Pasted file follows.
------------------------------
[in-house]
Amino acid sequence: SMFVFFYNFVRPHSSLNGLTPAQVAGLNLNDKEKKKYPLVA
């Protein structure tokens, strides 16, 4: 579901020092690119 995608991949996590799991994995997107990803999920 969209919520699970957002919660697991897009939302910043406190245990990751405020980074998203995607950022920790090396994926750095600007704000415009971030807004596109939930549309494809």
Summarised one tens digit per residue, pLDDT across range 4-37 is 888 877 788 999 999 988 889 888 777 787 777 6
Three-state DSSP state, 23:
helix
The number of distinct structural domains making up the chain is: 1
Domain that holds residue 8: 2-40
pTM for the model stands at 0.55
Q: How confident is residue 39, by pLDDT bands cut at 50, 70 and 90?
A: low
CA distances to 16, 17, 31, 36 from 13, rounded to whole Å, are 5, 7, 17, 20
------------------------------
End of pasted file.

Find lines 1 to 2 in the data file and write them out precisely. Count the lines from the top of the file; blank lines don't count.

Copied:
[in-house]
Amino acid sequence: SMFVFFYNFVRPHSSLNGLTPAQVAGLNLNDKEKKKYPLVA